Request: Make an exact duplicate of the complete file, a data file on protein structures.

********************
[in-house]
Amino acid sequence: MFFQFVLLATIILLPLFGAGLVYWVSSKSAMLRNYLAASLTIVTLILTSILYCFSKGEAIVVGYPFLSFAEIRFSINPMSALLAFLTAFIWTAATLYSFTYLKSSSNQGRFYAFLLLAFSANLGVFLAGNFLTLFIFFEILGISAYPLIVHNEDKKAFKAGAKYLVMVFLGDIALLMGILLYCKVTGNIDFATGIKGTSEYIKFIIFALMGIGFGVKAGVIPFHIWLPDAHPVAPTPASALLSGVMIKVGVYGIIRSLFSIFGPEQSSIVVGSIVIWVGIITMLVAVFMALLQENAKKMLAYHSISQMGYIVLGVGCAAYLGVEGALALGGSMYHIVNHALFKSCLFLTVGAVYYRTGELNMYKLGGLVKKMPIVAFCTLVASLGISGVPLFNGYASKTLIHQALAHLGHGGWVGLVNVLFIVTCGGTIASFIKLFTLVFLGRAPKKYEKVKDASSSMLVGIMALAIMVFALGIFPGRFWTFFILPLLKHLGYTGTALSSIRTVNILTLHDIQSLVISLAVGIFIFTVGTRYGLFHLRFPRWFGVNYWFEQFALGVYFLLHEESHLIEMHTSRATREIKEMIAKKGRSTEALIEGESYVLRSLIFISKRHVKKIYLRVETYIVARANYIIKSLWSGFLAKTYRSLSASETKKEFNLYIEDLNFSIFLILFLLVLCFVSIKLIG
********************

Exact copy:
[in-house]
Amino acid sequence: MFFQFVLLATIILLPLFGAGLVYWVSSKSAMLRNYLAASLTIVTLILTSILYCFSKGEAIVVGYPFLSFAEIRFSINPMSALLAFLTAFIWTAATLYSFTYLKSSSNQGRFYAFLLLAFSANLGVFLAGNFLTLFIFFEILGISAYPLIVHNEDKKAFKAGAKYLVMVFLGDIALLMGILLYCKVTGNIDFATGIKGTSEYIKFIIFALMGIGFGVKAGVIPFHIWLPDAHPVAPTPASALLSGVMIKVGVYGIIRSLFSIFGPEQSSIVVGSIVIWVGIITMLVAVFMALLQENAKKMLAYHSISQMGYIVLGVGCAAYLGVEGALALGGSMYHIVNHALFKSCLFLTVGAVYYRTGELNMYKLGGLVKKMPIVAFCTLVASLGISGVPLFNGYASKTLIHQALAHLGHGGWVGLVNVLFIVTCGGTIASFIKLFTLVFLGRAPKKYEKVKDASSSMLVGIMALAIMVFALGIFPGRFWTFFILPLLKHLGYTGTALSSIRTVNILTLHDIQSLVISLAVGIFIFTVGTRYGLFHLRFPRWFGVNYWFEQFALGVYFLLHEESHLIEMHTSRATREIKEMIAKKGRSTEALIEGESYVLRSLIFISKRHVKKIYLRVETYIVARANYIIKSLWSGFLAKTYRSLSASETKKEFNLYIEDLNFSIFLILFLLVLCFVSIKLIG